The Christmas gospel announces the coming of day. Those in darkness see a great light, as the Sun rises with healing in His wings. The light has come into the world that lightens every man, to give light to those who sit in darkness and in the shadow of death.
The Light of God Himself, the Light that is God Himself, has become flesh, so that men could see glory, touch it with their hands, listen to it speak, enter into it and be filled with it. The Christmas gospel is that God is light and in Him is no darkness or shadow of turning.
Not everyone greeted this dawn with joy, and still today many do not admit the Sun has risen. Day has begun, but many prefer to remain under the cloak of night, because their deeds are evil. It is not midnight, and the insane unbelief of the self-blinded does not in the least diminish the reality of day. Many rage against the coming of light, but they can neither comprehend nor overcome it.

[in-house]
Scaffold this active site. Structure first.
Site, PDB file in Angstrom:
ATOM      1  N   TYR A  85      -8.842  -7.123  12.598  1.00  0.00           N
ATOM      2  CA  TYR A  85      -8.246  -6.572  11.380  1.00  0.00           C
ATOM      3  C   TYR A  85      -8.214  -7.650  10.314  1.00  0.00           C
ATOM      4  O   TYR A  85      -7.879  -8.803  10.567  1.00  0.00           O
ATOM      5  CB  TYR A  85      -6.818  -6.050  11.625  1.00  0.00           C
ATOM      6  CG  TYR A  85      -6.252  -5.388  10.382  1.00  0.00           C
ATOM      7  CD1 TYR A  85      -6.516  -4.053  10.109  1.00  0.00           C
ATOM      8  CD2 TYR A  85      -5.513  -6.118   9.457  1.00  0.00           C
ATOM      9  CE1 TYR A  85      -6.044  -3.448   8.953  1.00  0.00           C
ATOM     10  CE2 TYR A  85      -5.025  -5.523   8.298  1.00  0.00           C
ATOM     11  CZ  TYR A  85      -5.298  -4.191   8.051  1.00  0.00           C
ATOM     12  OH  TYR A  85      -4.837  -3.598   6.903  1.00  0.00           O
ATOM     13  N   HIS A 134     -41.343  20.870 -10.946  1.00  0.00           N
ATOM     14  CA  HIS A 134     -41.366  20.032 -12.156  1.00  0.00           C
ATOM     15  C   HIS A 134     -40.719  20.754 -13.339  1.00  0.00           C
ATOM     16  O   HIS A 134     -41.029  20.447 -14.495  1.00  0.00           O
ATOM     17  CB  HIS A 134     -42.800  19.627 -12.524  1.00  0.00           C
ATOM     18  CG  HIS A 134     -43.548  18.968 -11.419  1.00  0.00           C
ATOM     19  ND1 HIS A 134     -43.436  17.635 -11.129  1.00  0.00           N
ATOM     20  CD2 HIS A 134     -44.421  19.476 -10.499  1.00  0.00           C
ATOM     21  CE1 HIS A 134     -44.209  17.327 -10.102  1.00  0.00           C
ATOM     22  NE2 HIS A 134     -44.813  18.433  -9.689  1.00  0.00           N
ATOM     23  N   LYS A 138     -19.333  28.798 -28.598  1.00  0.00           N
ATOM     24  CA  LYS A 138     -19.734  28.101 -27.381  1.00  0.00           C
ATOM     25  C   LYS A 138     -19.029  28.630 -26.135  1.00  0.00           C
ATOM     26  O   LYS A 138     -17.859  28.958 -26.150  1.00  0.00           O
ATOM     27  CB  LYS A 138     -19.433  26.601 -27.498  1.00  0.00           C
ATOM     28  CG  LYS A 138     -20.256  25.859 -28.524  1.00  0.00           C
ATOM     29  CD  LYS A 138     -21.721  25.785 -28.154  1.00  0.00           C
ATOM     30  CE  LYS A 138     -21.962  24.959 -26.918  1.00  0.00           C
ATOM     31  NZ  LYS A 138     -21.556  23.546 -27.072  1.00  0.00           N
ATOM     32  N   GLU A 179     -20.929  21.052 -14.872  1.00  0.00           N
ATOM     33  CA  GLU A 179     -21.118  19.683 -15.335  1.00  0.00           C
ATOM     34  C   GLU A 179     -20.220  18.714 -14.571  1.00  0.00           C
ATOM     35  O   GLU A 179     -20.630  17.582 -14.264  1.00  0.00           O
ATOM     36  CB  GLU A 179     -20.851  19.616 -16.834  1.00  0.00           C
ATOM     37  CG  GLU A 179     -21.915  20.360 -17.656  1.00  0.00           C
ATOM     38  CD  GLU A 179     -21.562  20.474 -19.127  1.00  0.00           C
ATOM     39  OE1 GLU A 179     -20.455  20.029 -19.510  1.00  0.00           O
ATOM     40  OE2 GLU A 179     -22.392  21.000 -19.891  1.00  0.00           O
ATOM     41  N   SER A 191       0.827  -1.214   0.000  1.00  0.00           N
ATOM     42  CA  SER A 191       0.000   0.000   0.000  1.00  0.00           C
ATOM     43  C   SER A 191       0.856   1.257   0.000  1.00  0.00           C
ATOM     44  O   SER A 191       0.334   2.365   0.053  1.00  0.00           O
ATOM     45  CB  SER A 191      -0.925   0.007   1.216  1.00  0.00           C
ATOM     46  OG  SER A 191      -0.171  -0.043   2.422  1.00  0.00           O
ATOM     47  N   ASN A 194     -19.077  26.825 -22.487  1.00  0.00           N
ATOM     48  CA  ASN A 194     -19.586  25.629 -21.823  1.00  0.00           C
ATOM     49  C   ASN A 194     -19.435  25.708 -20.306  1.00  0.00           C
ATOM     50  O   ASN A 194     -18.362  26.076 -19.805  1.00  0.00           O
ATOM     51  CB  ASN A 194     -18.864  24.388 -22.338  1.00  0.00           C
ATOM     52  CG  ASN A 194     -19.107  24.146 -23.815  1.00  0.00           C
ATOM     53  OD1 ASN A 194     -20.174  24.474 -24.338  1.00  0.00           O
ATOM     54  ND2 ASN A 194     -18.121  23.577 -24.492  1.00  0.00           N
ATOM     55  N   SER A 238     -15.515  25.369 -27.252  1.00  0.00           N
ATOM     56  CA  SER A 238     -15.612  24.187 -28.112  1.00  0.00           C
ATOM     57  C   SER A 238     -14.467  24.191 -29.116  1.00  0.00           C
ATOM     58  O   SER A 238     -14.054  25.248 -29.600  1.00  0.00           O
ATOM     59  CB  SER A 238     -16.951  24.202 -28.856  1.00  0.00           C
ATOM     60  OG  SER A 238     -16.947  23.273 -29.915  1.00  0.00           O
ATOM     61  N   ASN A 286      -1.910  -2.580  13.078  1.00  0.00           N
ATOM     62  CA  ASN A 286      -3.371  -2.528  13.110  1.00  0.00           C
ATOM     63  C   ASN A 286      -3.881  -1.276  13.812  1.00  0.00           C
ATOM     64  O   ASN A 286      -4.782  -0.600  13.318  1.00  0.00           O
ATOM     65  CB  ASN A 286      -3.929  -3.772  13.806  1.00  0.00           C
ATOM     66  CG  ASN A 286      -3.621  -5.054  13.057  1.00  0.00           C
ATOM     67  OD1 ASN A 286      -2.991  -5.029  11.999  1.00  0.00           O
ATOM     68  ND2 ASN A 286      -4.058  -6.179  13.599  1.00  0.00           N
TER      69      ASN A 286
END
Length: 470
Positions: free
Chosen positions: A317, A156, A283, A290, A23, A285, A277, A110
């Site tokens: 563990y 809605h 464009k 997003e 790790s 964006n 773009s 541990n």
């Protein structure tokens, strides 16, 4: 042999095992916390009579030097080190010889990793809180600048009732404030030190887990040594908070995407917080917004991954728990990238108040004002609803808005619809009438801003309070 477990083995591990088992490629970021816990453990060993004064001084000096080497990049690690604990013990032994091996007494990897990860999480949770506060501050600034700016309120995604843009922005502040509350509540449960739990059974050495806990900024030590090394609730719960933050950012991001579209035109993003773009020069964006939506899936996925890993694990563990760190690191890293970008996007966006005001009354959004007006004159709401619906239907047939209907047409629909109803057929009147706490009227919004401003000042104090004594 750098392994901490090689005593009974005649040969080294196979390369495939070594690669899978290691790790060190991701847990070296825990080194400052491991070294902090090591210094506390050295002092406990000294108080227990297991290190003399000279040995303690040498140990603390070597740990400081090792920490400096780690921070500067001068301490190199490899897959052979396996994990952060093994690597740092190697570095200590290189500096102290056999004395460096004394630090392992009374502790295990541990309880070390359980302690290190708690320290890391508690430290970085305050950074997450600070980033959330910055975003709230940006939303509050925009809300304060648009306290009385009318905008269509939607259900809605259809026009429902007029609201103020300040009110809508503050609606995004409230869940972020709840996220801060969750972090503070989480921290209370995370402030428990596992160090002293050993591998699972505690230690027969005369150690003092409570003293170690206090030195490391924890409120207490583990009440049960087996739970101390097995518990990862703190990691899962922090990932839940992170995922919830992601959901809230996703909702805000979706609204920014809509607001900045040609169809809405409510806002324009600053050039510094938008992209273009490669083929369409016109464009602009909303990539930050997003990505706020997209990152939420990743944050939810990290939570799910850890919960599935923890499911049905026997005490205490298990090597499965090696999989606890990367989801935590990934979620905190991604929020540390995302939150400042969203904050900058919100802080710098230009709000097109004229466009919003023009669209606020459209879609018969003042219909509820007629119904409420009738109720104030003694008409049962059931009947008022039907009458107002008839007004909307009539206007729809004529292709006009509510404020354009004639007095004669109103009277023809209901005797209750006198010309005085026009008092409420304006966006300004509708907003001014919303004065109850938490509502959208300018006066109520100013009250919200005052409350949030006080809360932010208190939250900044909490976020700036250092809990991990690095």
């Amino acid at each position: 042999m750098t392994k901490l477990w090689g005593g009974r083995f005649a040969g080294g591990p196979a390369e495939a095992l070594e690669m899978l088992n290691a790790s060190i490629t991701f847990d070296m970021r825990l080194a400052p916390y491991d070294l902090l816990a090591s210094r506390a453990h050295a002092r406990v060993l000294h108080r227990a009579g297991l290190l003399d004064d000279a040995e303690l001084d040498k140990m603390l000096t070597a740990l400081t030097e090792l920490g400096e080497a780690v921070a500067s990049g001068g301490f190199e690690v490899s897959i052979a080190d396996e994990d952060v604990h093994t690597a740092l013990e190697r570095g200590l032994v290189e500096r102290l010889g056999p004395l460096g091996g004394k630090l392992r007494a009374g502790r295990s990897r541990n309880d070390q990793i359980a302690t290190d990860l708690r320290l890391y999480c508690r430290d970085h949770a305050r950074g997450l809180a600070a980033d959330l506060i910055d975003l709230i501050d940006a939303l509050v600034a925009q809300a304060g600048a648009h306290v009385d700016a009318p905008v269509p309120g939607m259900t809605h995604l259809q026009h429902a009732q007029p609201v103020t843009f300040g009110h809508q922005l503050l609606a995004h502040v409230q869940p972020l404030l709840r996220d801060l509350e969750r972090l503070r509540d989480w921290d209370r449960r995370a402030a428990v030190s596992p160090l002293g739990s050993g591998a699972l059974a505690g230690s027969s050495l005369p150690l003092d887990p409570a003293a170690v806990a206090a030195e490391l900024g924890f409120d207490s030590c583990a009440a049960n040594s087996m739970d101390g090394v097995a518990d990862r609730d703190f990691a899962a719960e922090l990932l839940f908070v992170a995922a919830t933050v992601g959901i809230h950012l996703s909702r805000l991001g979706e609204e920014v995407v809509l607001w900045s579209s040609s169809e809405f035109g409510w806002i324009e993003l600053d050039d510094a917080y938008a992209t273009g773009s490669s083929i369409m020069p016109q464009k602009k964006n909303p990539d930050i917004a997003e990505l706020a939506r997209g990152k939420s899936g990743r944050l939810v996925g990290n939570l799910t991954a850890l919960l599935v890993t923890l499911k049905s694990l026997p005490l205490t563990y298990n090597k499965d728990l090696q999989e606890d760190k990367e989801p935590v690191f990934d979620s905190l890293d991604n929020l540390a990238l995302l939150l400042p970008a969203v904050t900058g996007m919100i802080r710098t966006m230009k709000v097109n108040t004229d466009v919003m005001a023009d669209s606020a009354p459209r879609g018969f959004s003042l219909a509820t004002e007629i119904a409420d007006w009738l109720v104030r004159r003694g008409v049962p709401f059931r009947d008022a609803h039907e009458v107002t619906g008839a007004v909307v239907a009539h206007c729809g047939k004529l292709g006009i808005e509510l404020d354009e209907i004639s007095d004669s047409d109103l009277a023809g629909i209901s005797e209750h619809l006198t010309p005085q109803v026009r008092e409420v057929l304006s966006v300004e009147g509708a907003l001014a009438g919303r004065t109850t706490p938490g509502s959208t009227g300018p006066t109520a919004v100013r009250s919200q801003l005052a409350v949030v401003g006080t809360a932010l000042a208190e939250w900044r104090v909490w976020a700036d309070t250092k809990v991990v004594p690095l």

Those who remain in darkness are not merely “out there” in the world. The Apostle John warned Christians about the danger of walking in darkness, and for John the key test of living in the day is brotherly love. Those who claim to be of the day but hate their brothers are still stumbling blindly in the dark.
It has been trivialized by humanistic Dickensian stories and movies and TV programs, but it remains true: The gospel of Christmas is about Love, the love of God that comes as the Dayspring from on High, the Love that dwells among us so that we will love one another, the Love that brings in the eighth day, the beginning of a new week.
Peter J. Leithart is President of Theopolis.